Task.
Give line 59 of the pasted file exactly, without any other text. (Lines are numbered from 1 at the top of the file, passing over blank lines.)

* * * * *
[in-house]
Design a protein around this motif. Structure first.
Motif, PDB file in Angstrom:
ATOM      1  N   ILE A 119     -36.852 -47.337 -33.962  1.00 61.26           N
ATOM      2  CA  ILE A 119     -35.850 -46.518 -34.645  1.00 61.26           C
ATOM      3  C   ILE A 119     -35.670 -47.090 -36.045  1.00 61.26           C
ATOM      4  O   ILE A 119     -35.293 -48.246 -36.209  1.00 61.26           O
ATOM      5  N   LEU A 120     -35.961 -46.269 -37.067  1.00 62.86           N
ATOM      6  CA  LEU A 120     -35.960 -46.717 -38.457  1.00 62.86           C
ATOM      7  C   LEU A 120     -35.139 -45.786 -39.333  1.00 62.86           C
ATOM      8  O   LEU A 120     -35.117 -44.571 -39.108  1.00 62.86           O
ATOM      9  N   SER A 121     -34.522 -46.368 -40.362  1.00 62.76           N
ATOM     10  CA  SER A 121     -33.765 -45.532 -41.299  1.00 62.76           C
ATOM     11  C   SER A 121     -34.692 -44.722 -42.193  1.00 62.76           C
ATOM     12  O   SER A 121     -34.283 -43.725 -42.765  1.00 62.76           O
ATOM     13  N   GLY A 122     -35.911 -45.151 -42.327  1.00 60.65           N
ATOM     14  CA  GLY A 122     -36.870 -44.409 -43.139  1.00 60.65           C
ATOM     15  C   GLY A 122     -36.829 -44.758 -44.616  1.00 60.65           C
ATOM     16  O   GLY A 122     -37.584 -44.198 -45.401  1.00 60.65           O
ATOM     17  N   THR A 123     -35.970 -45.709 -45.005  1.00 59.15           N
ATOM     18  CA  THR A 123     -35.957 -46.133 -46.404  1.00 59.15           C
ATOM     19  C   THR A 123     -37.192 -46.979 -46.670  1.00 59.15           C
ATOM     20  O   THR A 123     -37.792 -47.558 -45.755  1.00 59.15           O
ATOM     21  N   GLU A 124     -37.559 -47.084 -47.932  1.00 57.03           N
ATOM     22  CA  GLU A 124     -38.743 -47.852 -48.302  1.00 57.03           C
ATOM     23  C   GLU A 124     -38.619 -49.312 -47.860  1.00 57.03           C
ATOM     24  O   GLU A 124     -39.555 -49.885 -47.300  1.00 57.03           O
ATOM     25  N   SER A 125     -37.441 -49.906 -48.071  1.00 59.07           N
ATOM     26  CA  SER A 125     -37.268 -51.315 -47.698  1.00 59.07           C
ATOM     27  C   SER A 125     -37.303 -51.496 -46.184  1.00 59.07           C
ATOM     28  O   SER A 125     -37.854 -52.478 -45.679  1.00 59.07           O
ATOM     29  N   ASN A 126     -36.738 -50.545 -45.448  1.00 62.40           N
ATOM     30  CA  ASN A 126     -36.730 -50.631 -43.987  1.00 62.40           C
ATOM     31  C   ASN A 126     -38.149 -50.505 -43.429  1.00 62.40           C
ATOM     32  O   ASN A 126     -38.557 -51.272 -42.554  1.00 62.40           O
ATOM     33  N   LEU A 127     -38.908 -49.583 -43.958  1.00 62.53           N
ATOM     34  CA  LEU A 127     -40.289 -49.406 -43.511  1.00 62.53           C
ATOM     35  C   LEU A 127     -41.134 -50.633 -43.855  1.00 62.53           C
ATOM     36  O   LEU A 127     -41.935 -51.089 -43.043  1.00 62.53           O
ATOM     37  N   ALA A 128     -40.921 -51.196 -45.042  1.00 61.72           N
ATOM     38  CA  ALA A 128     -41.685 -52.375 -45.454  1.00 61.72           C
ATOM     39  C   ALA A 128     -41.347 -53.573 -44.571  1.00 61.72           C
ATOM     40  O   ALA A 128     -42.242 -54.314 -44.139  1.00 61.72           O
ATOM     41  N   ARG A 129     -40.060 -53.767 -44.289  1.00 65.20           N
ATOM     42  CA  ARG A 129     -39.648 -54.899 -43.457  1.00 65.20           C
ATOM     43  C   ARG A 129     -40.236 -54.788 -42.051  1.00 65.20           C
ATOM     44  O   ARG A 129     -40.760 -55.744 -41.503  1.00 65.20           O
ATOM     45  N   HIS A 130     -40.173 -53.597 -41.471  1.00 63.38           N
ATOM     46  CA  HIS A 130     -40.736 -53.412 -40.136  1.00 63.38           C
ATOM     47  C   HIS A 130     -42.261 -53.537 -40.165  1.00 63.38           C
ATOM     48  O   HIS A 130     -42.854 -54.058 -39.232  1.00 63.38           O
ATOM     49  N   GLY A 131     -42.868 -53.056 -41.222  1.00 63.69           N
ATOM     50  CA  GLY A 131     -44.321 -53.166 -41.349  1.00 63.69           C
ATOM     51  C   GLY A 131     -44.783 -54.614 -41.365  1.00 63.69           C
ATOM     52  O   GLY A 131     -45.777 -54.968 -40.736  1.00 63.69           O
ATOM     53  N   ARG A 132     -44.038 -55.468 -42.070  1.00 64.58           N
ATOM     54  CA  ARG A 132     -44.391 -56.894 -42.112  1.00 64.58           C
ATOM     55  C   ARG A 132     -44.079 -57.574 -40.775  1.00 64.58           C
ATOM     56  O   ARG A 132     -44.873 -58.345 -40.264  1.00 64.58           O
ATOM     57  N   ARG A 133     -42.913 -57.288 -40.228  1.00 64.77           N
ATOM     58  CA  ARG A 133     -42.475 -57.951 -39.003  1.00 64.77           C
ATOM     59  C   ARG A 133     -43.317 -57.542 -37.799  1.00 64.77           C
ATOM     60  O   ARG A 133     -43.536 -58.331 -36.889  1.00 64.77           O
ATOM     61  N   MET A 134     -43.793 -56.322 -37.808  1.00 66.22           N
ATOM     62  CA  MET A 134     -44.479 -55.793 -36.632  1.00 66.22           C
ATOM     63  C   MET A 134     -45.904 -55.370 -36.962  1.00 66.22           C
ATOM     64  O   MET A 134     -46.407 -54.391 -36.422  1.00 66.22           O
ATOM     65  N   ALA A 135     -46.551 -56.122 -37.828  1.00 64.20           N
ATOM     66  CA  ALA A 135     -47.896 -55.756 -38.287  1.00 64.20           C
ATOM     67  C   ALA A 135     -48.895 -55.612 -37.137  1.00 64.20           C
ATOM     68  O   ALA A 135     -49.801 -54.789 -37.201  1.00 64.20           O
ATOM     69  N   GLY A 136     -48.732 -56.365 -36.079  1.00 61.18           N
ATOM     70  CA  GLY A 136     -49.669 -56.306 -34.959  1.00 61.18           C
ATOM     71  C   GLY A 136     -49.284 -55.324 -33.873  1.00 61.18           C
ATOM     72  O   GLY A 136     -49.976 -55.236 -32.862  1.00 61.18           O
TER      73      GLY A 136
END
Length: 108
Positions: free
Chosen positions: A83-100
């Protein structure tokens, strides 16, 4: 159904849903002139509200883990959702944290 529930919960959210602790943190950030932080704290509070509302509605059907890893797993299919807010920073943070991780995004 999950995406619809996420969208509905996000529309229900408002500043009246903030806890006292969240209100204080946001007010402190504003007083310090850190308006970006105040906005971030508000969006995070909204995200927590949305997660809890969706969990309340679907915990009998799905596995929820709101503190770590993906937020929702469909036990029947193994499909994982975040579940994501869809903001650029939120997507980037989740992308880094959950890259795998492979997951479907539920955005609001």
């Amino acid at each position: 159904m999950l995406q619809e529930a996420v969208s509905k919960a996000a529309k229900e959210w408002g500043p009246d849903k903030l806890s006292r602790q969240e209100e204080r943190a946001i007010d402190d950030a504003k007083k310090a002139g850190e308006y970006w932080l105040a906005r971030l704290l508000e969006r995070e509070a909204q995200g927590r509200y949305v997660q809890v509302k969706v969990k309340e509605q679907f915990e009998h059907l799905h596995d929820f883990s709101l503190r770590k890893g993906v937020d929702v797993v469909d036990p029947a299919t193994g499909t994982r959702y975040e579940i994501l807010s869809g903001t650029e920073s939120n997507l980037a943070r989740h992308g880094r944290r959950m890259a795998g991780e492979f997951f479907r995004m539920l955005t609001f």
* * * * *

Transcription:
ATOM     56  O   ARG A 132     -44.873 -58.345 -40.264  1.00 64.58           O